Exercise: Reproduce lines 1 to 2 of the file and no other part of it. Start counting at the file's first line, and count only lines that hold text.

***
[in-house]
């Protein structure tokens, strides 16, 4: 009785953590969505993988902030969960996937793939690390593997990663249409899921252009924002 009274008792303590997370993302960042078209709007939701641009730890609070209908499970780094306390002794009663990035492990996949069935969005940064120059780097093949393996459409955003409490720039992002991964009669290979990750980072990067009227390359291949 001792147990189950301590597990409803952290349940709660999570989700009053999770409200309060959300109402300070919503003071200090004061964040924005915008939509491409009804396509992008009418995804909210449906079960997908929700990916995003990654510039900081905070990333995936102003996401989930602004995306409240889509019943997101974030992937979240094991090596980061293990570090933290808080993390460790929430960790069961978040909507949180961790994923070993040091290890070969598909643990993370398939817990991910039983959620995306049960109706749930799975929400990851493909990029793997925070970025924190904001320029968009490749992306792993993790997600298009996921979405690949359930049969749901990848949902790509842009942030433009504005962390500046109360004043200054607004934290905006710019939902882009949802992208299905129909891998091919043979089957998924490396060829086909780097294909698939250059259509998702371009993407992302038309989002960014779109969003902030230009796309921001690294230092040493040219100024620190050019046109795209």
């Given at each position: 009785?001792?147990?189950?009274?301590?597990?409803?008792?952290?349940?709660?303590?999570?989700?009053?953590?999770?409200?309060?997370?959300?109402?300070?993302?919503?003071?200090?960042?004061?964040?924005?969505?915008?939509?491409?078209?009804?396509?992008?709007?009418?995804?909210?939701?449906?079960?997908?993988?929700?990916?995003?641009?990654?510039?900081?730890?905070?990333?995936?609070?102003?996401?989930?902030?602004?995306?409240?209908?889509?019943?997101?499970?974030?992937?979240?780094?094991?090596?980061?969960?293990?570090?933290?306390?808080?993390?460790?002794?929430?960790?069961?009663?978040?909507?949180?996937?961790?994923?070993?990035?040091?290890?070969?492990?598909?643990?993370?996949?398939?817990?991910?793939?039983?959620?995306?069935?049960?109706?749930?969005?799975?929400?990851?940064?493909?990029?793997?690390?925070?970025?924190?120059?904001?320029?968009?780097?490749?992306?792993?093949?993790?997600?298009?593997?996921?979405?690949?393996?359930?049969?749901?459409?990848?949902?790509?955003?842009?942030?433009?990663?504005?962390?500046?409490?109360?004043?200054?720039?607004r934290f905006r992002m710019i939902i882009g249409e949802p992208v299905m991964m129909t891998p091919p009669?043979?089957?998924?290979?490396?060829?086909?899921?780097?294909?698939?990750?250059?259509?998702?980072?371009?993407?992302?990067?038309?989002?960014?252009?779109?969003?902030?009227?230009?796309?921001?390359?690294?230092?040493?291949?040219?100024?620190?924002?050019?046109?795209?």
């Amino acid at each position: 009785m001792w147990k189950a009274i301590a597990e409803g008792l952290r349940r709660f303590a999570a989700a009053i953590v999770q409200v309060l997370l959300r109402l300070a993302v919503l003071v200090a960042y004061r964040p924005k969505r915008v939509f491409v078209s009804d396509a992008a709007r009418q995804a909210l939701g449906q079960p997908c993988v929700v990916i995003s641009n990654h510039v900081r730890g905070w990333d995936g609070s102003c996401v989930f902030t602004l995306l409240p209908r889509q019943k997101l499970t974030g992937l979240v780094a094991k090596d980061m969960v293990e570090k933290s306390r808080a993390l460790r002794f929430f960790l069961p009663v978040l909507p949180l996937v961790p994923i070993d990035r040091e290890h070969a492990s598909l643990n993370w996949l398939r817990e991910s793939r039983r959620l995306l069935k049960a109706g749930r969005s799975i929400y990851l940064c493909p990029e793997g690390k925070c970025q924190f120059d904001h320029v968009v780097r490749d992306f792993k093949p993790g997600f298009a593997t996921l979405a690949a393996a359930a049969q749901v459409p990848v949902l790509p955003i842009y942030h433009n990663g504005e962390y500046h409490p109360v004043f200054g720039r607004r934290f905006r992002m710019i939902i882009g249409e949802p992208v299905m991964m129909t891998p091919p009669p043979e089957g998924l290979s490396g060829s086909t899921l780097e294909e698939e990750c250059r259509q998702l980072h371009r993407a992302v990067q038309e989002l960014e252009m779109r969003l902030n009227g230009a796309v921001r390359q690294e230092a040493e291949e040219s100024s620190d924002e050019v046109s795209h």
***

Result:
[in-house]
């Protein structure tokens, strides 16, 4: 009785953590969505993988902030969960996937793939690390593997990663249409899921252009924002 009274008792303590997370993302960042078209709007939701641009730890609070209908499970780094306390002794009663990035492990996949069935969005940064120059780097093949393996459409955003409490720039992002991964009669290979990750980072990067009227390359291949 001792147990189950301590597990409803952290349940709660999570989700009053999770409200309060959300109402300070919503003071200090004061964040924005915008939509491409009804396509992008009418995804909210449906079960997908929700990916995003990654510039900081905070990333995936102003996401989930602004995306409240889509019943997101974030992937979240094991090596980061293990570090933290808080993390460790929430960790069961978040909507949180961790994923070993040091290890070969598909643990993370398939817990991910039983959620995306049960109706749930799975929400990851493909990029793997925070970025924190904001320029968009490749992306792993993790997600298009996921979405690949359930049969749901990848949902790509842009942030433009504005962390500046109360004043200054607004934290905006710019939902882009949802992208299905129909891998091919043979089957998924490396060829086909780097294909698939250059259509998702371009993407992302038309989002960014779109969003902030230009796309921001690294230092040493040219100024620190050019046109795209």